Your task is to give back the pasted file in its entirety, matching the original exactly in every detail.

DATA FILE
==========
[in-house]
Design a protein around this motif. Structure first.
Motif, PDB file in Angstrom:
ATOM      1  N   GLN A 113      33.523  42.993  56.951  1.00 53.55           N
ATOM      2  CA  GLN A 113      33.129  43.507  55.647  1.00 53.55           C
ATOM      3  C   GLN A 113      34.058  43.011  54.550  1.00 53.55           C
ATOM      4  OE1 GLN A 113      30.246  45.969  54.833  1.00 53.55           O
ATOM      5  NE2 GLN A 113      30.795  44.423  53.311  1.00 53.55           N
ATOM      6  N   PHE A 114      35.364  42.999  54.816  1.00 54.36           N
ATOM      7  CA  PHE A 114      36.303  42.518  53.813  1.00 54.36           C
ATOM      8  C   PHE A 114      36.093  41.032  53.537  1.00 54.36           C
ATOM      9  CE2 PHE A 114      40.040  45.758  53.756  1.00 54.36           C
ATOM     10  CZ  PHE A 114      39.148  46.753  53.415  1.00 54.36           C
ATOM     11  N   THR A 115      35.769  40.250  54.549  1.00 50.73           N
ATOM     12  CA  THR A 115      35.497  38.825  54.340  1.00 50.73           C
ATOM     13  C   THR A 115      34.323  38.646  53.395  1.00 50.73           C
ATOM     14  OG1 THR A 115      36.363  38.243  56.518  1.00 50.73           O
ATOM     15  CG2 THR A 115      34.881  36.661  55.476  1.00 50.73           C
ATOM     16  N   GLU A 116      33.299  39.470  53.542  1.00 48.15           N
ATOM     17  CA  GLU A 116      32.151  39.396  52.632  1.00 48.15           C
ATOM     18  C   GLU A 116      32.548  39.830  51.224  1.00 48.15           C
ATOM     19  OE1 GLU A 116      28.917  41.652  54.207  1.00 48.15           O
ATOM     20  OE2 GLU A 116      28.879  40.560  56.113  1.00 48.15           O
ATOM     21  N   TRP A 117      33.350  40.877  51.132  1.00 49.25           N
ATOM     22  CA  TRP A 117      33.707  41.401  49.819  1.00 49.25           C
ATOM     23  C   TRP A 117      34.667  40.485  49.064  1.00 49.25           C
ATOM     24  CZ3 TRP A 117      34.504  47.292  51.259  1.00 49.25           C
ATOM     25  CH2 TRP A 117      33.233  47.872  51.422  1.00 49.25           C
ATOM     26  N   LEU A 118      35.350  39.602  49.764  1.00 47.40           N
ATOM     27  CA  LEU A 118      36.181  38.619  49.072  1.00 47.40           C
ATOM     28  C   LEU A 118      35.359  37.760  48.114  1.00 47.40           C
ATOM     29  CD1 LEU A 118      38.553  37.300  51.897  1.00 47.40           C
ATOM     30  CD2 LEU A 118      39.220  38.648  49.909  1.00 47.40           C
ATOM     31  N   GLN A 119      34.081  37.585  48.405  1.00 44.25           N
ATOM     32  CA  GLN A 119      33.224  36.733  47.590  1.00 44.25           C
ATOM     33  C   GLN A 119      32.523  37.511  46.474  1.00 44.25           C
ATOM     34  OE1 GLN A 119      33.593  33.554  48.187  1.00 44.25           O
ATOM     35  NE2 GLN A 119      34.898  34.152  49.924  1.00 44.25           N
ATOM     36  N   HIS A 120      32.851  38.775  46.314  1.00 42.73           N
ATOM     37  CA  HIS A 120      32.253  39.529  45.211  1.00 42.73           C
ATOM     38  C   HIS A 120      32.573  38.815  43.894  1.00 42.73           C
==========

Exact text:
[in-house]
Design a protein around this motif. Structure first.
Motif, PDB file in Angstrom:
ATOM      1  N   GLN A 113      33.523  42.993  56.951  1.00 53.55           N
ATOM      2  CA  GLN A 113      33.129  43.507  55.647  1.00 53.55           C
ATOM      3  C   GLN A 113      34.058  43.011  54.550  1.00 53.55           C
ATOM      4  OE1 GLN A 113      30.246  45.969  54.833  1.00 53.55           O
ATOM      5  NE2 GLN A 113      30.795  44.423  53.311  1.00 53.55           N
ATOM      6  N   PHE A 114      35.364  42.999  54.816  1.00 54.36           N
ATOM      7  CA  PHE A 114      36.303  42.518  53.813  1.00 54.36           C
ATOM      8  C   PHE A 114      36.093  41.032  53.537  1.00 54.36           C
ATOM      9  CE2 PHE A 114      40.040  45.758  53.756  1.00 54.36           C
ATOM     10  CZ  PHE A 114      39.148  46.753  53.415  1.00 54.36           C
ATOM     11  N   THR A 115      35.769  40.250  54.549  1.00 50.73           N
ATOM     12  CA  THR A 115      35.497  38.825  54.340  1.00 50.73           C
ATOM     13  C   THR A 115      34.323  38.646  53.395  1.00 50.73           C
ATOM     14  OG1 THR A 115      36.363  38.243  56.518  1.00 50.73           O
ATOM     15  CG2 THR A 115      34.881  36.661  55.476  1.00 50.73           C
ATOM     16  N   GLU A 116      33.299  39.470  53.542  1.00 48.15           N
ATOM     17  CA  GLU A 116      32.151  39.396  52.632  1.00 48.15           C
ATOM     18  C   GLU A 116      32.548  39.830  51.224  1.00 48.15           C
ATOM     19  OE1 GLU A 116      28.917  41.652  54.207  1.00 48.15           O
ATOM     20  OE2 GLU A 116      28.879  40.560  56.113  1.00 48.15           O
ATOM     21  N   TRP A 117      33.350  40.877  51.132  1.00 49.25           N
ATOM     22  CA  TRP A 117      33.707  41.401  49.819  1.00 49.25           C
ATOM     23  C   TRP A 117      34.667  40.485  49.064  1.00 49.25           C
ATOM     24  CZ3 TRP A 117      34.504  47.292  51.259  1.00 49.25           C
ATOM     25  CH2 TRP A 117      33.233  47.872  51.422  1.00 49.25           C
ATOM     26  N   LEU A 118      35.350  39.602  49.764  1.00 47.40           N
ATOM     27  CA  LEU A 118      36.181  38.619  49.072  1.00 47.40           C
ATOM     28  C   LEU A 118      35.359  37.760  48.114  1.00 47.40           C
ATOM     29  CD1 LEU A 118      38.553  37.300  51.897  1.00 47.40           C
ATOM     30  CD2 LEU A 118      39.220  38.648  49.909  1.00 47.40           C
ATOM     31  N   GLN A 119      34.081  37.585  48.405  1.00 44.25           N
ATOM     32  CA  GLN A 119      33.224  36.733  47.590  1.00 44.25           C
ATOM     33  C   GLN A 119      32.523  37.511  46.474  1.00 44.25           C
ATOM     34  OE1 GLN A 119      33.593  33.554  48.187  1.00 44.25           O
ATOM     35  NE2 GLN A 119      34.898  34.152  49.924  1.00 44.25           N
ATOM     36  N   HIS A 120      32.851  38.775  46.314  1.00 42.73           N
ATOM     37  CA  HIS A 120      32.253  39.529  45.211  1.00 42.73           C
ATOM     38  C   HIS A 120      32.573  38.815  43.894  1.00 42.73           C